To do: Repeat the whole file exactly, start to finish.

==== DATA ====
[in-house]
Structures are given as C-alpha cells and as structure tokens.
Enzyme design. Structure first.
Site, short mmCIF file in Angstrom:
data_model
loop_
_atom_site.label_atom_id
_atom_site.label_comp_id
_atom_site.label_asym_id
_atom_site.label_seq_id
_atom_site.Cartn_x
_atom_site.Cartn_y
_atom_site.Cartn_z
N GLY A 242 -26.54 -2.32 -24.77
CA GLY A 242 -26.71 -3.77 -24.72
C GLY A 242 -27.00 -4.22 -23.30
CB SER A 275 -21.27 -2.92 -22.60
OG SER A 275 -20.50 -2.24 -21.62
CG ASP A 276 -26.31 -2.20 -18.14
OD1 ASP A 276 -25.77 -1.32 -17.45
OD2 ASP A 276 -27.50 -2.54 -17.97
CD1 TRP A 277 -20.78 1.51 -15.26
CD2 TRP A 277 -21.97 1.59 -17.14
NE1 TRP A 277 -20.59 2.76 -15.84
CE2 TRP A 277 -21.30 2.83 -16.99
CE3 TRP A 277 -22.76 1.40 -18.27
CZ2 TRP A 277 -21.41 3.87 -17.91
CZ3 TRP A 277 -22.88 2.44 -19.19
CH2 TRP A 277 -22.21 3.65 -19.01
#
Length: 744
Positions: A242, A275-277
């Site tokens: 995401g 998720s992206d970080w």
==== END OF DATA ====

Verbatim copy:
[in-house]
Structures are given as C-alpha cells and as structure tokens.
Enzyme design. Structure first.
Site, short mmCIF file in Angstrom:
data_model
loop_
_atom_site.label_atom_id
_atom_site.label_comp_id
_atom_site.label_asym_id
_atom_site.label_seq_id
_atom_site.Cartn_x
_atom_site.Cartn_y
_atom_site.Cartn_z
N GLY A 242 -26.54 -2.32 -24.77
CA GLY A 242 -26.71 -3.77 -24.72
C GLY A 242 -27.00 -4.22 -23.30
CB SER A 275 -21.27 -2.92 -22.60
OG SER A 275 -20.50 -2.24 -21.62
CG ASP A 276 -26.31 -2.20 -18.14
OD1 ASP A 276 -25.77 -1.32 -17.45
OD2 ASP A 276 -27.50 -2.54 -17.97
CD1 TRP A 277 -20.78 1.51 -15.26
CD2 TRP A 277 -21.97 1.59 -17.14
NE1 TRP A 277 -20.59 2.76 -15.84
CE2 TRP A 277 -21.30 2.83 -16.99
CE3 TRP A 277 -22.76 1.40 -18.27
CZ2 TRP A 277 -21.41 3.87 -17.91
CZ3 TRP A 277 -22.88 2.44 -19.19
CH2 TRP A 277 -22.21 3.65 -19.01
#
Length: 744
Positions: A242, A275-277
């Site tokens: 995401g 998720s992206d970080w």